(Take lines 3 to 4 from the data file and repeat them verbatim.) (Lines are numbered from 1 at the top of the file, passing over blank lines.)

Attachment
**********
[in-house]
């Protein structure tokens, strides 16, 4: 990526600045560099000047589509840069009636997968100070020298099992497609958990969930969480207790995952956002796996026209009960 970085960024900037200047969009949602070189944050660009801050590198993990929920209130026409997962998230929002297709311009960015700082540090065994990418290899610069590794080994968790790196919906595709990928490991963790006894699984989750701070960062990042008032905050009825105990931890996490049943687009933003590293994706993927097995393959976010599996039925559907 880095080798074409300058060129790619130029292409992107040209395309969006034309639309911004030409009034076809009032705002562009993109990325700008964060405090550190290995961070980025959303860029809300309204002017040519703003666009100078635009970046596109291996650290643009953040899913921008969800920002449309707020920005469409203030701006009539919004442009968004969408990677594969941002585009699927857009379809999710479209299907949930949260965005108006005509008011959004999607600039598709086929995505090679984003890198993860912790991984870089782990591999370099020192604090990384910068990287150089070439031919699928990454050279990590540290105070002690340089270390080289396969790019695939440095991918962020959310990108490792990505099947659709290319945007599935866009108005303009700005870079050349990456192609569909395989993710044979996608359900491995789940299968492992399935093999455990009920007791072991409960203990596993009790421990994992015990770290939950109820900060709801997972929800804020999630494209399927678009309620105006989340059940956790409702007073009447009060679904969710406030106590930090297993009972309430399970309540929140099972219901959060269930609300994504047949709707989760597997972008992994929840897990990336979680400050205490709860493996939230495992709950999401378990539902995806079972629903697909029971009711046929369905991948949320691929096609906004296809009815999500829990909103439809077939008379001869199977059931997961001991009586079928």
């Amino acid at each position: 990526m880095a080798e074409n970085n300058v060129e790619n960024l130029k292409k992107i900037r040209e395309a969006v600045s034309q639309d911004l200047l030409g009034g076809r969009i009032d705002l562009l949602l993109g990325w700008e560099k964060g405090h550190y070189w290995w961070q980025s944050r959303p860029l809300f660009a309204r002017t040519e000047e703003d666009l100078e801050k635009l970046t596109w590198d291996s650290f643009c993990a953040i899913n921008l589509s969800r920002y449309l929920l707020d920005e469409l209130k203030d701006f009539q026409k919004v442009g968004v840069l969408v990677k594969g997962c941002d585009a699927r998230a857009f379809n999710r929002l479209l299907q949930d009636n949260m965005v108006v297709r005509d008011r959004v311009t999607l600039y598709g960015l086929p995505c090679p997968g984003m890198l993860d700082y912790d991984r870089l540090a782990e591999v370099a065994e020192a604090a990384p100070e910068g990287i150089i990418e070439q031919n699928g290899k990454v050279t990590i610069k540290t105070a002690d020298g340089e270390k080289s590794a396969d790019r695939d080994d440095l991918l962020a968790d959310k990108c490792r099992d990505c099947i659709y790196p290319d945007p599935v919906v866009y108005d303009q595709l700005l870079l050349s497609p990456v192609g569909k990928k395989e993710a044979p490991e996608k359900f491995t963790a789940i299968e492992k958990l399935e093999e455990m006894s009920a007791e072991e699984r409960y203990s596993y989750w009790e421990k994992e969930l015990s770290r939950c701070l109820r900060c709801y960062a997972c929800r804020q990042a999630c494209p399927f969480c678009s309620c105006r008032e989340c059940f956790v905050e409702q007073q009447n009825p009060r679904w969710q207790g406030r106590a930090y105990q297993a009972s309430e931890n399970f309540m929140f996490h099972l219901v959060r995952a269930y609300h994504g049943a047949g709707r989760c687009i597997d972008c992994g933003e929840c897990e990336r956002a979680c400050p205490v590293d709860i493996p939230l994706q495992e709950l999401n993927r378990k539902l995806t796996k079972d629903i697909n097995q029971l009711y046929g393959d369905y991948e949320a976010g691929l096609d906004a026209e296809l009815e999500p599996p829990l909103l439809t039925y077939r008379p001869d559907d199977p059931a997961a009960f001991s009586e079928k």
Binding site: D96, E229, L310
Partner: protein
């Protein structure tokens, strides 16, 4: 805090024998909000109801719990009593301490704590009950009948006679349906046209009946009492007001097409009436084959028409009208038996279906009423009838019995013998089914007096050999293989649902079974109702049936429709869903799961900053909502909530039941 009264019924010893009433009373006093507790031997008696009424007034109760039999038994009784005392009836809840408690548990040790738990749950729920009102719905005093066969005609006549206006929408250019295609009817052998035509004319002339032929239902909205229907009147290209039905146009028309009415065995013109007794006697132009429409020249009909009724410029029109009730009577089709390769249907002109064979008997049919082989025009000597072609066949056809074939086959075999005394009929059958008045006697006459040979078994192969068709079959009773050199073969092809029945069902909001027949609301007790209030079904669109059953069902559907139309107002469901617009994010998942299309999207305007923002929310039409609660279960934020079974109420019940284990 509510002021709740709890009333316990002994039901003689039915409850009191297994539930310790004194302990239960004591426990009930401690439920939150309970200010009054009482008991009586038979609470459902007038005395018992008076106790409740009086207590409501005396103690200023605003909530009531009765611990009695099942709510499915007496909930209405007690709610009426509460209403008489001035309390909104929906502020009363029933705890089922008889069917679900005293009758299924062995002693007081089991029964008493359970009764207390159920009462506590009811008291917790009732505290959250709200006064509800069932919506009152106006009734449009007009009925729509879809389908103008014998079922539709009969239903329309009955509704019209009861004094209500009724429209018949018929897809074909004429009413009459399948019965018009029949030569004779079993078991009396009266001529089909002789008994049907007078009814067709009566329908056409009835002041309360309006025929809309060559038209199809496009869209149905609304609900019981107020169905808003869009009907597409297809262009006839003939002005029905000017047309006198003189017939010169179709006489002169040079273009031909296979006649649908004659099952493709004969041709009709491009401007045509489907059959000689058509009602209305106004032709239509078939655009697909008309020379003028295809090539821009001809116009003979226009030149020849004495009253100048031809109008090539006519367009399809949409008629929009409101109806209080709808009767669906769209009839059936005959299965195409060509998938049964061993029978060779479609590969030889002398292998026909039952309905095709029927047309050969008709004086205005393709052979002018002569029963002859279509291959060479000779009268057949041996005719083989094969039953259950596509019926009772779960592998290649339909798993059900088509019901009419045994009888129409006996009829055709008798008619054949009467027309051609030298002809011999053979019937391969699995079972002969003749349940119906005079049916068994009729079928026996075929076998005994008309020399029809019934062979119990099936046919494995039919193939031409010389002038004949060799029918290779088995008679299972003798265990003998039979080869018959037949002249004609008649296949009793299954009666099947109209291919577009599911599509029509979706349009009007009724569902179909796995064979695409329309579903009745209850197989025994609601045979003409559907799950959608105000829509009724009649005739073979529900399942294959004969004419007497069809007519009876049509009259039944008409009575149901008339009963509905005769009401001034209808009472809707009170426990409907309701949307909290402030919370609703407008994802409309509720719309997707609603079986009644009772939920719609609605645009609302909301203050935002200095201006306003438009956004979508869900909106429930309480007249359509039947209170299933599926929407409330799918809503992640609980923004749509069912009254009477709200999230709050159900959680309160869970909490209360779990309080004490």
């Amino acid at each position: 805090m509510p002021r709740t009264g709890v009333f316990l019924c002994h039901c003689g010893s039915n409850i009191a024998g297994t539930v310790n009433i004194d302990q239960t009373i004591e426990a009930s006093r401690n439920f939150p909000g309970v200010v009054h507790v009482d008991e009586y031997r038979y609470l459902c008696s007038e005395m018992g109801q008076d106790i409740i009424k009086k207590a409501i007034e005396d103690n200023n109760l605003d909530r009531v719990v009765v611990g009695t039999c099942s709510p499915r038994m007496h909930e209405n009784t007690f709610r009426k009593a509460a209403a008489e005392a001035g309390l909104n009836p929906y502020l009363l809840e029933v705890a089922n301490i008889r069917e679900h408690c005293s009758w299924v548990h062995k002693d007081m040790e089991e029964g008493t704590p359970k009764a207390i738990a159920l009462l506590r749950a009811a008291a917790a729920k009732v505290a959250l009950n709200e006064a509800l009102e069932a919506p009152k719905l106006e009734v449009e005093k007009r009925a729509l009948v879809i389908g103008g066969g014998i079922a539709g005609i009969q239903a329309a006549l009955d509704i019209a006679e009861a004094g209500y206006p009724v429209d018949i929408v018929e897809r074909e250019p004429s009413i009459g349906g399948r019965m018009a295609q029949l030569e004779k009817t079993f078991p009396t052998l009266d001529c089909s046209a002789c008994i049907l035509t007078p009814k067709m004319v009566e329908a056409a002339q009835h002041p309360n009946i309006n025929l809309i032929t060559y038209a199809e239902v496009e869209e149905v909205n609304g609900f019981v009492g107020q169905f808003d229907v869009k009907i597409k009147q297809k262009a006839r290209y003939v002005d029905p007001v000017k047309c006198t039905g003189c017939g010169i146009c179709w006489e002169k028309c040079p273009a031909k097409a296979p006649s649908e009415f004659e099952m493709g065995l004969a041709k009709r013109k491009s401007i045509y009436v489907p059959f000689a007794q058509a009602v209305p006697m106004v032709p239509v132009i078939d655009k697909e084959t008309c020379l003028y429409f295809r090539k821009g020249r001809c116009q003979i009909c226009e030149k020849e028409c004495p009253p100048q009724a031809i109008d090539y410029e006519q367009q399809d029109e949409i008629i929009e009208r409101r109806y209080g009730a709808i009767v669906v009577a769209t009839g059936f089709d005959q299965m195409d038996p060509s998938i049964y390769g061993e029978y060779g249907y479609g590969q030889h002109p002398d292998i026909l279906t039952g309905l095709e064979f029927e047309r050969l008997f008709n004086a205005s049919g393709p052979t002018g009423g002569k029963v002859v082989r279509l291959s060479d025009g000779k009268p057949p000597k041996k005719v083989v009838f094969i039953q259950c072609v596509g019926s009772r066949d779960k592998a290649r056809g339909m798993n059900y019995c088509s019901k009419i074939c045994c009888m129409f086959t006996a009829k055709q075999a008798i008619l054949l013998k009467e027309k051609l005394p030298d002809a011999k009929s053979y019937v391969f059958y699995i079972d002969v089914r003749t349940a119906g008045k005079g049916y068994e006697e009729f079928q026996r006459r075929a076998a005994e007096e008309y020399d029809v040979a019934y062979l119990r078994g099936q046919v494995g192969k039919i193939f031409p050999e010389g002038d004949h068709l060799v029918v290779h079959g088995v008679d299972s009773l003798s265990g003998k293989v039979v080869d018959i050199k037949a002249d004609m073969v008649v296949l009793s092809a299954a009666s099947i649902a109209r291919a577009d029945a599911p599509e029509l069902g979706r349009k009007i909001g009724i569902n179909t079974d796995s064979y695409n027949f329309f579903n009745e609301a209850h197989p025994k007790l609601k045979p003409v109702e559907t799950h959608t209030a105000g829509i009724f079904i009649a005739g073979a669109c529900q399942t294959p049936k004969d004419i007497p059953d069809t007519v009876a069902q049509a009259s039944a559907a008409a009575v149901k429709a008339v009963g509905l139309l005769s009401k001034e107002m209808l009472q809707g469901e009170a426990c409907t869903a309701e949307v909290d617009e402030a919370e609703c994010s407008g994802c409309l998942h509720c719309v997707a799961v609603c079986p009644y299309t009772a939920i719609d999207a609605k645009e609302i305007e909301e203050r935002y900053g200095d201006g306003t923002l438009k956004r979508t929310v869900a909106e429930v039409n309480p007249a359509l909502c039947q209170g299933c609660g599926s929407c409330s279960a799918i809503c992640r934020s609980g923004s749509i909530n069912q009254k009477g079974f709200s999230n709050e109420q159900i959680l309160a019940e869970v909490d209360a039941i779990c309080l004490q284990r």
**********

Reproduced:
């Amino acid at each position: 990526m880095a080798e074409n970085n300058v060129e790619n960024l130029k292409k992107i900037r040209e395309a969006v600045s034309q639309d911004l200047l030409g009034g076809r969009i009032d705002l562009l949602l993109g990325w700008e560099k964060g405090h550190y070189w290995w961070q980025s944050r959303p860029l809300f660009a309204r002017t040519e000047e703003d666009l100078e801050k635009l970046t596109w590198d291996s650290f643009c993990a953040i899913n921008l589509s969800r920002y449309l929920l707020d920005e469409l209130k203030d701006f009539q026409k919004v442009g968004v840069l969408v990677k594969g997962c941002d585009a699927r998230a857009f379809n999710r929002l479209l299907q949930d009636n949260m965005v108006v297709r005509d008011r959004v311009t999607l600039y598709g960015l086929p995505c090679p997968g984003m890198l993860d700082y912790d991984r870089l540090a782990e591999v370099a065994e020192a604090a990384p100070e910068g990287i150089i990418e070439q031919n699928g290899k990454v050279t990590i610069k540290t105070a002690d020298g340089e270390k080289s590794a396969d790019r695939d080994d440095l991918l962020a968790d959310k990108c490792r099992d990505c099947i659709y790196p290319d945007p599935v919906v866009y108005d303009q595709l700005l870079l050349s497609p990456v192609g569909k990928k395989e993710a044979p490991e996608k359900f491995t963790a789940i299968e492992k958990l399935e093999e455990m006894s009920a007791e072991e699984r409960y203990s596993y989750w009790e421990k994992e969930l015990s770290r939950c701070l109820r900060c709801y960062a997972c929800r804020q990042a999630c494209p399927f969480c678009s309620c105006r008032e989340c059940f956790v905050e409702q007073q009447n009825p009060r679904w969710q207790g406030r106590a930090y105990q297993a009972s309430e931890n399970f309540m929140f996490h099972l219901v959060r995952a269930y609300h994504g049943a047949g709707r989760c687009i597997d972008c992994g933003e929840c897990e990336r956002a979680c400050p205490v590293d709860i493996p939230l994706q495992e709950l999401n993927r378990k539902l995806t796996k079972d629903i697909n097995q029971l009711y046929g393959d369905y991948e949320a976010g691929l096609d906004a026209e296809l009815e999500p599996p829990l909103l439809t039925y077939r008379p001869d559907d199977p059931a997961a009960f001991s009586e079928k």
Binding site: D96, E229, L310